Essay On Gender and Division of Labour
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A global dis-course of human rights and increased focus of State interventions on feminism has resulted to its re-shape. Women’s rights are now considered human rights and feminists activity has turned away from being viewed as an autonomous separatists group and has been mainstreamed into the society and the state This is as a result of the transition in the gender regime and globalization. Globalization has facilitated development of new institutions, spaces and an increase in the use of rhetoric where human rights are a powerful justificatory principle. It has increased the political and economic opportunities and resources available to women. In the past, division of labour was absolute: women worked in the private and unpaid sphere and men in the public sphere. However, a call by liberal feminist to women has increased their entry into the public sphere and paid workforce. Changes in the gender division of labour have however, been observed (Allison, 2002, p.33)
Feminists agree that there exists a clear definition of what the society regards as a men’s job and what is regard as a female’s job. For example, if one was to say, ‘nurse’ most people would immediately think of a woman. If one was to say ‘police officer’, the same people would think of a man.this is an obvious gendered division of labour where men and women are naturally expected to fulfill certain roles. For example, during war, feminists suggest that women are essential (Allison, 2002, p.37). Men mobilize the fight and women act as a labour reserve. Women only provide support services. They maintain the domestic industry and have no chance of actively participating in the war. Liberal feminists argue that times of war are an important stepping stone for women in advancing their interests (Alcoff, (1988) 2005, p.427). They have proved capable of performing the jobs of men and are now allowed to join defense forces like the army. The coming forth of women armed with good academic qualifications and enthusiasm to pursue careers as a result of new and independent sexual identities makes female participation in the workforce as an important feature of the economy’s success.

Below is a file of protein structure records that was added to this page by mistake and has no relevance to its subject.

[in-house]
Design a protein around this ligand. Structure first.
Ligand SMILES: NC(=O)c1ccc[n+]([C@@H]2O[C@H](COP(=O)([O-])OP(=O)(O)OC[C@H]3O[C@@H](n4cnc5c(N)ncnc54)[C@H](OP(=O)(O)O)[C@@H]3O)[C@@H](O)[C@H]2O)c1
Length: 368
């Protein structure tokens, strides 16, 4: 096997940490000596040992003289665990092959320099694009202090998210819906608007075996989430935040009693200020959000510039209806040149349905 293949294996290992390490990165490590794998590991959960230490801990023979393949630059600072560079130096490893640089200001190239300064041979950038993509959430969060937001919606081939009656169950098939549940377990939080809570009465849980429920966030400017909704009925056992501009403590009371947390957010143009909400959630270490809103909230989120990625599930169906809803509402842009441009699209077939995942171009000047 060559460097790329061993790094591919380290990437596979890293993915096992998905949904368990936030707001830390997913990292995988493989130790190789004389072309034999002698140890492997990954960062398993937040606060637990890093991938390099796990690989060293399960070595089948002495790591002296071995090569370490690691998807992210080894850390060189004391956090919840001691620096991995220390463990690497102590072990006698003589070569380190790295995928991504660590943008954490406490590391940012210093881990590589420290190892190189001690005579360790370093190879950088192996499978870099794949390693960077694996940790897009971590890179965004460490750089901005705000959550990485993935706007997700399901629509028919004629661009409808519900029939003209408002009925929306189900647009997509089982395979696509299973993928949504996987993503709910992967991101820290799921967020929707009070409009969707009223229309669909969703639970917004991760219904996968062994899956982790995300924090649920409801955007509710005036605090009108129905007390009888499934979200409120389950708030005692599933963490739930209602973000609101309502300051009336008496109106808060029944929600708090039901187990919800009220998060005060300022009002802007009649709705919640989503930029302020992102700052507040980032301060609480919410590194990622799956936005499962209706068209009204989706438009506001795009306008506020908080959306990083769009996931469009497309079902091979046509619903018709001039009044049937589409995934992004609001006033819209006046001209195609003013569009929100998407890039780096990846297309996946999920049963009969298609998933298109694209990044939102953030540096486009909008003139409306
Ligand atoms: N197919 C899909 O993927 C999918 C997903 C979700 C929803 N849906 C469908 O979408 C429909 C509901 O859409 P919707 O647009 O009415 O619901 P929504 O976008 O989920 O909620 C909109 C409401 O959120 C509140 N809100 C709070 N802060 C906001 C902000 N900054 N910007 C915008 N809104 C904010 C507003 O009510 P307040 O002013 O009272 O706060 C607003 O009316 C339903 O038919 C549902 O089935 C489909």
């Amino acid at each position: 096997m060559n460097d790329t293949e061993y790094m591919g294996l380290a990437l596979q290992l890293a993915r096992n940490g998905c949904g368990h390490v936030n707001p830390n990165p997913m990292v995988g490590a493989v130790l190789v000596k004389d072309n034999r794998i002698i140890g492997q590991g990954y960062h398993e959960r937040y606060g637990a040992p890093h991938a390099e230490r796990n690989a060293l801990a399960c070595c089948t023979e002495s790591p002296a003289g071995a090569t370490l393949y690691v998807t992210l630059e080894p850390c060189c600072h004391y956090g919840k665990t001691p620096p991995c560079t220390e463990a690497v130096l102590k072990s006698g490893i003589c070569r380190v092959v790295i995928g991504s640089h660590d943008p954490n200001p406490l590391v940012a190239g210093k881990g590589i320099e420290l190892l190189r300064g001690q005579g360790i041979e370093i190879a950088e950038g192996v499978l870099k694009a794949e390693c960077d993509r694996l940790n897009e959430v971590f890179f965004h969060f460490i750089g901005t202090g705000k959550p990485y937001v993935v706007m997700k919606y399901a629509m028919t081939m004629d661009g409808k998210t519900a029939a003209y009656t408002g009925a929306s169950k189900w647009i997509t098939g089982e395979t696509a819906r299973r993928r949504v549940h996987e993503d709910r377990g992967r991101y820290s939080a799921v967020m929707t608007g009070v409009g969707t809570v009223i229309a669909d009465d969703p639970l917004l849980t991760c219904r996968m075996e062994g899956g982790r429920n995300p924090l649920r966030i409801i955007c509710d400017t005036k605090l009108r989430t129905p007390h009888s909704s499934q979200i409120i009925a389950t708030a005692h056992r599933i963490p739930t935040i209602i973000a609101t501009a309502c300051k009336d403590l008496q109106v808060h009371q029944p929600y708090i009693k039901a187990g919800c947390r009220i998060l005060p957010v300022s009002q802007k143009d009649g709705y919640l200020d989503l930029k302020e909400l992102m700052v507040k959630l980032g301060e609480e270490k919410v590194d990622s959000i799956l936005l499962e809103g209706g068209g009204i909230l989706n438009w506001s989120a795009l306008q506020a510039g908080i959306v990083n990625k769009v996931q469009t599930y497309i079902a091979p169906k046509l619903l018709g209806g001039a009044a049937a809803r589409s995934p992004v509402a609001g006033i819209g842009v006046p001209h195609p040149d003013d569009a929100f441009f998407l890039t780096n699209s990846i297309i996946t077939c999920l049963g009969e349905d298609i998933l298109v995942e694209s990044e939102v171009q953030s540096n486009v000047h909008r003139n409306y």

Historically, women have not held positions of power although there are obvious exceptions. This is because the behavioral traits and characteristics of a leader do not fit in the negative stereotypical and socialized image of a woman in the traditional society. Men’s traits are synonymous with power, dominance and strength and are considered superior to women traits of being weak, emotional and dependent. The feminine traits have been considered incapable of functioning in a leadership capacity. Transition in the gender regime has created political opportunities for women. They have been incorporated in governance and are participants in the formal and state electoral politics. This is a new move to enhance gender equity even in leadership and both genders are seen as active participants in the society (Walby, 2002, p.533).
Globalization has impacted on the nature of feminism by creating changes in the political opportunities available to women. Globalization refers to an increase in the frequency and density of international social interactions and relative to the national ones. It has led to changes in the economic, cultural and political relations.it has restructured gendered political resources and opportunities (Abu-Lughod, p.486). New political projects have been designed in line with women’s interests. This is a dynamic move by the society and has improved gender representation in the political front and policy making.
The economic development led to increased feminists mobilization of women. Women were encouraged to study and get into the public spheres through employment. This increase in their education and employment changed their interests and increased demand for state services. It influenced the transition of the gender regime from a domestic to a public form granting the women access to economic and organizational resources (Walby, 2002, p.542). This move increased their presence in trade unions and their governance structures.it has resulted to women becoming independent and self-reliant. Some have become ‘breadwinners’ in their families. The change has given women a chance to contribute actively in the growth of the economies of their nations and improved the living standards of their families.